Impostor syndrome is a psychological pattern in which an individual doubts their skills, talents, or accomplishments and has a persistent internalised fear of being exposed as a “fraud”. The term was coined in 1978 by psychologists Pauline R. Clance and Suzanne A. Imes, in an article called The Impostor Phenomenon in High Achieving Women: Dynamics and Therapeutic Intervention.

The article includes this paragraph:

Despite their earned degrees, scholastic honors, high achievement on standardized tests, praise and professional recognition from colleagues and respected authorities, these women do not experience an internal sense of success. They consider themselves to be “impostors.” Women who experience the impostor phenomenon maintain a strong belief that they are not intelligent; in fact they are convinced that they have fooled anyone who thinks otherwise.

And this:

“Women who exhibit the impostor phenomenon do not fall into any one diagnostic category. The clinical symptoms most frequently reported are generalized anxiety, lack of self confidence, depression, and frustration related to inability to meet self-imposed standards of achievement.”

While it’s not an official medical diagnosis term, dictionaries define impostor syndrome as a concept describing high-achieving individuals who are marked by an inability to internalise their accomplishments and a persistent fear of being exposed as a fraud.

Merriam-Webster dictionary defines it as follow:

The persistent inability to believe that one’s success is deserved or has been legitimately achieved as a result of one’s own efforts or skills.”

In essence, impostor syndrome involves feelings of self-doubt, insecurity, and fraudulence despite external proof of one’s competence.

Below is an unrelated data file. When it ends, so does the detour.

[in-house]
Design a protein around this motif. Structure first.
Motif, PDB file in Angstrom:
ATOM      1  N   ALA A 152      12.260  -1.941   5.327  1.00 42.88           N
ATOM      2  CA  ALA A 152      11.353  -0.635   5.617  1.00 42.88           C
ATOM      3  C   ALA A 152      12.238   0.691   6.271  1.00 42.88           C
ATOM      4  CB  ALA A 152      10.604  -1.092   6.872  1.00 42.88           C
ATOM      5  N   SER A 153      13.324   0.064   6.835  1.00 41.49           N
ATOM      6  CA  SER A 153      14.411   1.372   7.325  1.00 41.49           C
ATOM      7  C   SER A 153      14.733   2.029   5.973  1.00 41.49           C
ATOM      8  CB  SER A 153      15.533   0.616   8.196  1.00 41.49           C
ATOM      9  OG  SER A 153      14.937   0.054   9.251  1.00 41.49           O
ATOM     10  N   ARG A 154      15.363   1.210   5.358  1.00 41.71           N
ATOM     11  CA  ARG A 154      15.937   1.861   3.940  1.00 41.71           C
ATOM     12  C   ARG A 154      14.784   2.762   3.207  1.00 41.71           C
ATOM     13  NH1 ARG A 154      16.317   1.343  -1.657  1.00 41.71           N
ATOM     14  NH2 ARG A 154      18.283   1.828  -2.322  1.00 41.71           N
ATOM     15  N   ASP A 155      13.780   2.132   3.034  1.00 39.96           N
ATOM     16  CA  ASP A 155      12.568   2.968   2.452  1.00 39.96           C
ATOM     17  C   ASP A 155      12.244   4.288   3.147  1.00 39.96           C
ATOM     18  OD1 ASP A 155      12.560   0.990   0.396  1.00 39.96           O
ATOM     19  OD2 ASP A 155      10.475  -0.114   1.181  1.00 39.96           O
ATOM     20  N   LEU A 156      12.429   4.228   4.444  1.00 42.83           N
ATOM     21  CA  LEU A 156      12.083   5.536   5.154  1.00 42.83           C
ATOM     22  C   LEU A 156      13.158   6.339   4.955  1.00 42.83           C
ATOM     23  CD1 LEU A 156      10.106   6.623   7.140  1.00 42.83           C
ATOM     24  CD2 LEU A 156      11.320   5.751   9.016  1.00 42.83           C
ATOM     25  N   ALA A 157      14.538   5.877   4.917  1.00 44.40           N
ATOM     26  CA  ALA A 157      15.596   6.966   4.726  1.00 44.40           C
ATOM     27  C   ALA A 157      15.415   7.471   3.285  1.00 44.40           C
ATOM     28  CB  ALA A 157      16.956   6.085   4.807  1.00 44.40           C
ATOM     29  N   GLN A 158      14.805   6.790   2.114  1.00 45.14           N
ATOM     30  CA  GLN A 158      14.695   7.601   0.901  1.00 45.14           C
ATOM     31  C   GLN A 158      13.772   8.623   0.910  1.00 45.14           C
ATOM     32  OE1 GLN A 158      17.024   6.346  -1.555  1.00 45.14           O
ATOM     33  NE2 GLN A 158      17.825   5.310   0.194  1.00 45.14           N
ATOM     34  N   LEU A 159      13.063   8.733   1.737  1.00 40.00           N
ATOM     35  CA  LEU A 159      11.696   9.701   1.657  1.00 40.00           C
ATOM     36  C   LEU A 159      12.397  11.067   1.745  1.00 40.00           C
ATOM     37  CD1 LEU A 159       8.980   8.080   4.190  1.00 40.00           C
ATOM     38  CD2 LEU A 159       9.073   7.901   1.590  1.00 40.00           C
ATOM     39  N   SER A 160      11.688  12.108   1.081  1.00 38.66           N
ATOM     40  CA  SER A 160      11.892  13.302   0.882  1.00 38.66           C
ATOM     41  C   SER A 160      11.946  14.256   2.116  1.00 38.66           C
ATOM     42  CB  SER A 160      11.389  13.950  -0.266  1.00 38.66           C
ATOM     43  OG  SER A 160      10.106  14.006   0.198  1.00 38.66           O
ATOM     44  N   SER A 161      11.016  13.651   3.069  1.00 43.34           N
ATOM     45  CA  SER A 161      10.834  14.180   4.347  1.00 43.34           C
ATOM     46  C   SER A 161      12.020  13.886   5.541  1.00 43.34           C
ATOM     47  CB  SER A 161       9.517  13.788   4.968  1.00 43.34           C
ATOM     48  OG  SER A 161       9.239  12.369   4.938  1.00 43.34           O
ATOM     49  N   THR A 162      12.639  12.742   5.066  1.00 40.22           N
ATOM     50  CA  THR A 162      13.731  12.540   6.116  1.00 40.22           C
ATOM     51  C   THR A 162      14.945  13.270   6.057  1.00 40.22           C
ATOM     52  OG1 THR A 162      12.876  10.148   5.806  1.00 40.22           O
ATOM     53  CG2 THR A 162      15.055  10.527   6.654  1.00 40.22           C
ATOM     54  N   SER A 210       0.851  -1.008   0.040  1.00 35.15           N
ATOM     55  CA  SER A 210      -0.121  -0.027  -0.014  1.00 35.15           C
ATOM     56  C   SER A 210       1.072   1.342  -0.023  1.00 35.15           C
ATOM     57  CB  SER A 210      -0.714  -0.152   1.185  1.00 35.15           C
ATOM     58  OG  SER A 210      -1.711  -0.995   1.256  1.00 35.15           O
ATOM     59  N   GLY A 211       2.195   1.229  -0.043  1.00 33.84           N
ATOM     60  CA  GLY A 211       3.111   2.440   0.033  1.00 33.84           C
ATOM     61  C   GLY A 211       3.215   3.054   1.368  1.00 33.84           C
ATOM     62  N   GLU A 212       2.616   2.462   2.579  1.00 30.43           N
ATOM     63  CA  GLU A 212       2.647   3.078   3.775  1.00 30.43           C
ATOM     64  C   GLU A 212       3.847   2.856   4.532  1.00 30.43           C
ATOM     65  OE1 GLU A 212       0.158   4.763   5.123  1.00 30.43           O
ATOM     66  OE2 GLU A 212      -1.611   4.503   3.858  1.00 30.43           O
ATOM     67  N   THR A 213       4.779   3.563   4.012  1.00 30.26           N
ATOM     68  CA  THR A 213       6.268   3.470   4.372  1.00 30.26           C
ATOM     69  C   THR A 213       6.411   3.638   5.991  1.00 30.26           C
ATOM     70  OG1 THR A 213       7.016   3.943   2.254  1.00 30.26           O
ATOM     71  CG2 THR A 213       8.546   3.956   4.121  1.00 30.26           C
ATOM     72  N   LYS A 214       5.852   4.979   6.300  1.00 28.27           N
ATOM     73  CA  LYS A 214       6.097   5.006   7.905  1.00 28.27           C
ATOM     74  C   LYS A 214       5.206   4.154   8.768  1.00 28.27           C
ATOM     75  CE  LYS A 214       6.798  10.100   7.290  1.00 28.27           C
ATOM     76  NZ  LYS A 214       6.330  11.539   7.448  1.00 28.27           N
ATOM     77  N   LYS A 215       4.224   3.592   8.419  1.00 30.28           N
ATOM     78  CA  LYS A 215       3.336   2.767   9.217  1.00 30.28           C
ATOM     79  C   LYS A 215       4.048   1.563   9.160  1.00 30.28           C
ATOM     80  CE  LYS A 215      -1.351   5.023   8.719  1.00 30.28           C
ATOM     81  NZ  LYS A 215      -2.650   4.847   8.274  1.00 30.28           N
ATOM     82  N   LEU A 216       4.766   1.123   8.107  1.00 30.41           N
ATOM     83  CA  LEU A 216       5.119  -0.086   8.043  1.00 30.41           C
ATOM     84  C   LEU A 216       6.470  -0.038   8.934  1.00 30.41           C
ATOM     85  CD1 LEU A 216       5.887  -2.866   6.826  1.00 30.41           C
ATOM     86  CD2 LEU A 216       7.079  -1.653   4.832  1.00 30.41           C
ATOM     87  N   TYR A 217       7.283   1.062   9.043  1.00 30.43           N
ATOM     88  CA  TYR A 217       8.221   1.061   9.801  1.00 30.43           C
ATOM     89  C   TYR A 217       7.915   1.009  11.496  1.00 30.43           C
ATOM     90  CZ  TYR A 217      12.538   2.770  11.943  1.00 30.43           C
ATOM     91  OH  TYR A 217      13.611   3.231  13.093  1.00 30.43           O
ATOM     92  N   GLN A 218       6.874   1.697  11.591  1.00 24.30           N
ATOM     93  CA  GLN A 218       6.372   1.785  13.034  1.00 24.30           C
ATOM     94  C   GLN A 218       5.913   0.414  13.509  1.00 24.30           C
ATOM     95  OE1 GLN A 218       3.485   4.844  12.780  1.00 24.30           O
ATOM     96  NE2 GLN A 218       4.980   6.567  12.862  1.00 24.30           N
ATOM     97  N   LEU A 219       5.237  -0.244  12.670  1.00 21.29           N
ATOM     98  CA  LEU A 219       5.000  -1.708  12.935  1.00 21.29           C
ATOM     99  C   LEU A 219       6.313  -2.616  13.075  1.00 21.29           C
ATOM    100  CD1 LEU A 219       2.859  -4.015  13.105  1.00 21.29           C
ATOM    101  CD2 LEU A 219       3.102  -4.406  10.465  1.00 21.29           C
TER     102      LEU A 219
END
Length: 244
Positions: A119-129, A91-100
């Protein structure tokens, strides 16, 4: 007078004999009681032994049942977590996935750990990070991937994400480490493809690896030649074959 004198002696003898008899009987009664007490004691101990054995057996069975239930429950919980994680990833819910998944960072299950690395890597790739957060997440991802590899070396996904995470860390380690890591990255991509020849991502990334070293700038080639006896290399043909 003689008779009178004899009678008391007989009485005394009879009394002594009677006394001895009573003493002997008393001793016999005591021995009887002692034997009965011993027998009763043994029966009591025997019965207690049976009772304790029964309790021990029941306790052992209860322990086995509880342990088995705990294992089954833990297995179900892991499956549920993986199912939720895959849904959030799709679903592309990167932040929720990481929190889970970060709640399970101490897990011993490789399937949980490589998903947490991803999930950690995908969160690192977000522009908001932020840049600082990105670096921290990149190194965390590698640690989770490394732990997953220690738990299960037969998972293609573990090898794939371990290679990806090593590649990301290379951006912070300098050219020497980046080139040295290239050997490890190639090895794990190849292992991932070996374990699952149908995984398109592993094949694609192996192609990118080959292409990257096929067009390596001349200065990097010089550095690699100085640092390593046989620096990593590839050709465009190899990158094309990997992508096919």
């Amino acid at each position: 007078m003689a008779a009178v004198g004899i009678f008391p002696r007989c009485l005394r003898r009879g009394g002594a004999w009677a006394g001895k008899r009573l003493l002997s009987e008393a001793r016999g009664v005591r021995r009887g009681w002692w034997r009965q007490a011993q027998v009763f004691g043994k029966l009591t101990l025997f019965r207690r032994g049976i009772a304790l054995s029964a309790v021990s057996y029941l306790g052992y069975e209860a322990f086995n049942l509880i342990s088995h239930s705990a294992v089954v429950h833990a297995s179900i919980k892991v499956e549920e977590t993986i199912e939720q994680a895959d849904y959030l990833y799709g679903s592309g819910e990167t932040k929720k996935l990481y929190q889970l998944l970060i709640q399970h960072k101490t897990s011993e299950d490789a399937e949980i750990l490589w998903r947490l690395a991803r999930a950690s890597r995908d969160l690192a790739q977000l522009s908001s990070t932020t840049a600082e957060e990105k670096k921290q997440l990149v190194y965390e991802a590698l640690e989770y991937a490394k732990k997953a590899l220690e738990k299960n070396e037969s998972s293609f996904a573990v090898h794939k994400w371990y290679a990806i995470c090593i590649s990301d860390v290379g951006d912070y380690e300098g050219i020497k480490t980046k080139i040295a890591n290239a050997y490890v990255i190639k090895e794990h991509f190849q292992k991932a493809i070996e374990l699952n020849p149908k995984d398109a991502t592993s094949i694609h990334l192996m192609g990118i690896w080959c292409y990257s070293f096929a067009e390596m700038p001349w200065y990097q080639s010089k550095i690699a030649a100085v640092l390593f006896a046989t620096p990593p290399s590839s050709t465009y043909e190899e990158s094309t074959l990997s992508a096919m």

How I see it manifest in my field of work


Because I have spent the last 13 years working in the perinatal field, as an antenatal teacher, babywearing instructor, doula, doula mentor, healer, therapist, and teacher, I have encountered hundreds of women in this field who experience impostor syndrome.

In fact I’d go as far as saying that the majority of women I have worked with have issues with this, and that it’s rare and refreshing to encounter someone who doesn’t. And that the rare men I have trained never seemed to have this issue.

I remember at the end of a postnatal recovery massage training, where a female student asked me if it was OK to charge for this work. In the course there was a male massage therapist and he was utterly surprised that she asked this question, and reframed it in a very helpful manner for her.

I see beautiful, deeply caring professional women who are incredibly nurturing and massively over deliver what they do for their clients, and yet are held back by unconscious impostor syndrome. I see it manifest in the following ways:

  • Doubting their expertise. Despite having the necessary qualifications, training, and experience, women in these professions often doubt their knowledge and expertise, constantly questioning their abilities.
  • Overpreparation and overworking: to compensate for their perceived inadequacies, they spend excessive time preparing for sessions, classes, or appointments, constantly seeking more training or certifications, or working longer hours than necessary.
  • Not being able to charge enough for their services. Feeling that they need to over justify how much they ask for their time. Feeling embarrassed about asking for money.
  • Reluctance to offer services: they may avoid taking on new projects or offer new services due to self-doubt and a fear of failure, or feeling that they do not know enough yet.
  • Fear of being exposed as a “fraud”: They have a constant worry or fear that others will discover they are not as competent or knowledgeable as they are perceived to be.
  • Minimising accomplishments. Downplaying or dismissing positive feedback, compliments, or recognition from clients, students, or colleagues, believing they don’t deserve the praise, or dismissing the praise and focusing only on their perceived lack.

What saddens me is that it prevents wonderful women from thriving in their work and feeling good about themselves, despite over delivering on everything they do. It also often prevents them from sharing their gifts with the world.

My personal experience & how I overcame it